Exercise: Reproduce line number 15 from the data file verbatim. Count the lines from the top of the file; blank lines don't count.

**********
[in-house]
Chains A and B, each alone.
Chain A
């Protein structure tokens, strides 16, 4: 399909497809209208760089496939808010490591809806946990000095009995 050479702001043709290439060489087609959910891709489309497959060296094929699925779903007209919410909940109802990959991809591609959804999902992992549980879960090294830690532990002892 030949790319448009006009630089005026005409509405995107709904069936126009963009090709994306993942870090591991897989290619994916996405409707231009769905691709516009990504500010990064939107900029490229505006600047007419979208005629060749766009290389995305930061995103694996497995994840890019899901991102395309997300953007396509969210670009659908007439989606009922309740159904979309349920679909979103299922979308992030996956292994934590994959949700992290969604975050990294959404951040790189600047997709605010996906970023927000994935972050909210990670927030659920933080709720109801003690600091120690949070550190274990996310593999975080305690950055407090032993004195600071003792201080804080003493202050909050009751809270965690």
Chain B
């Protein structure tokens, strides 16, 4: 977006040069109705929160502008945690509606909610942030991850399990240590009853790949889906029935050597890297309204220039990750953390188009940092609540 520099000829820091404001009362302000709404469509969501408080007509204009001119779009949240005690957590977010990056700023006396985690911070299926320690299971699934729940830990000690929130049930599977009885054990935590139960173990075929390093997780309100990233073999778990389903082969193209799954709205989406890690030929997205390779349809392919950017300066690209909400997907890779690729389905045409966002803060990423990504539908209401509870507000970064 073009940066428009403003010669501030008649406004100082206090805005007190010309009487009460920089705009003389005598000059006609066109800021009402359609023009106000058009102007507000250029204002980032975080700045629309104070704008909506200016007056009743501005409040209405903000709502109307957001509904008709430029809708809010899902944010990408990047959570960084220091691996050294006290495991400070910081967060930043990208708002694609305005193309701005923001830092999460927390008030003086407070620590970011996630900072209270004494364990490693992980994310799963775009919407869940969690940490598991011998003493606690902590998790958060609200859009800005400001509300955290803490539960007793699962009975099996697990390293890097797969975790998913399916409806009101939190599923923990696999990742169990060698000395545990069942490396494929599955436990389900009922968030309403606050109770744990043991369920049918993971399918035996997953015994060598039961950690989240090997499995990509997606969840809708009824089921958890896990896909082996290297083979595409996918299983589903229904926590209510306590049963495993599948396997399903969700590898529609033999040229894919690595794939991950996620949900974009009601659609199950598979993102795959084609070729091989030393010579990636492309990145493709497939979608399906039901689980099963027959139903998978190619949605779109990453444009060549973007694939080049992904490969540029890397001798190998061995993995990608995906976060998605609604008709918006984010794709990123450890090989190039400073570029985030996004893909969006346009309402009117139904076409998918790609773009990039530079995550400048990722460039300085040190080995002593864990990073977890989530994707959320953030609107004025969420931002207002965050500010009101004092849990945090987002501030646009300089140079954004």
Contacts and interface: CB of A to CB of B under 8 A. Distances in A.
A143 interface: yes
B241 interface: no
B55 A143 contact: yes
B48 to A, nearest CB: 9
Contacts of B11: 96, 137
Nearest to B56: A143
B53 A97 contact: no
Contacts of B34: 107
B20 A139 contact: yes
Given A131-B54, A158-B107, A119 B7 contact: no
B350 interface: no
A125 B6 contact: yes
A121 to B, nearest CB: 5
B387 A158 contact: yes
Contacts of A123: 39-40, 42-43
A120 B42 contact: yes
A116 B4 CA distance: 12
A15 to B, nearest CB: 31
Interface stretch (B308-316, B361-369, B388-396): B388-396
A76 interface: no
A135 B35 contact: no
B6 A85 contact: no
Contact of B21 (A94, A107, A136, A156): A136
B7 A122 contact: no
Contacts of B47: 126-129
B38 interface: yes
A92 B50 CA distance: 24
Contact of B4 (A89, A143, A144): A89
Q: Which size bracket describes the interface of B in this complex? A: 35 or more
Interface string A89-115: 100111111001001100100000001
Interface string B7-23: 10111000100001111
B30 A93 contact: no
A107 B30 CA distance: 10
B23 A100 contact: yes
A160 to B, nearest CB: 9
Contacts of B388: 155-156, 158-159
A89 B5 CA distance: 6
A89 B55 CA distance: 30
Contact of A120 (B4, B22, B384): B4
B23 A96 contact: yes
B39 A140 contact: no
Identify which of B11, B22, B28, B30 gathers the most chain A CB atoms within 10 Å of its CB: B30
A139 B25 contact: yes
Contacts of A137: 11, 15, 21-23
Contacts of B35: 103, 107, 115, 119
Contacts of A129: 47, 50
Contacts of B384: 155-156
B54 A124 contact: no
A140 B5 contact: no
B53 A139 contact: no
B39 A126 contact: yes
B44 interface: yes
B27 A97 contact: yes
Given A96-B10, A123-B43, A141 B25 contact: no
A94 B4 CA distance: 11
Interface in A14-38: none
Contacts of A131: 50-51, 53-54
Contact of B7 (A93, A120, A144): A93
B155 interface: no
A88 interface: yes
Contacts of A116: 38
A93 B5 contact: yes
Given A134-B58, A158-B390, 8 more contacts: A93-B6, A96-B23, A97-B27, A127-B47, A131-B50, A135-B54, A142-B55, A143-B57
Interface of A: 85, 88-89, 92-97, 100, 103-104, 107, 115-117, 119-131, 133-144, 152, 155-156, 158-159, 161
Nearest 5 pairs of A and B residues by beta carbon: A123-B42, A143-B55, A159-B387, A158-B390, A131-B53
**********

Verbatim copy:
Contacts of B34: 107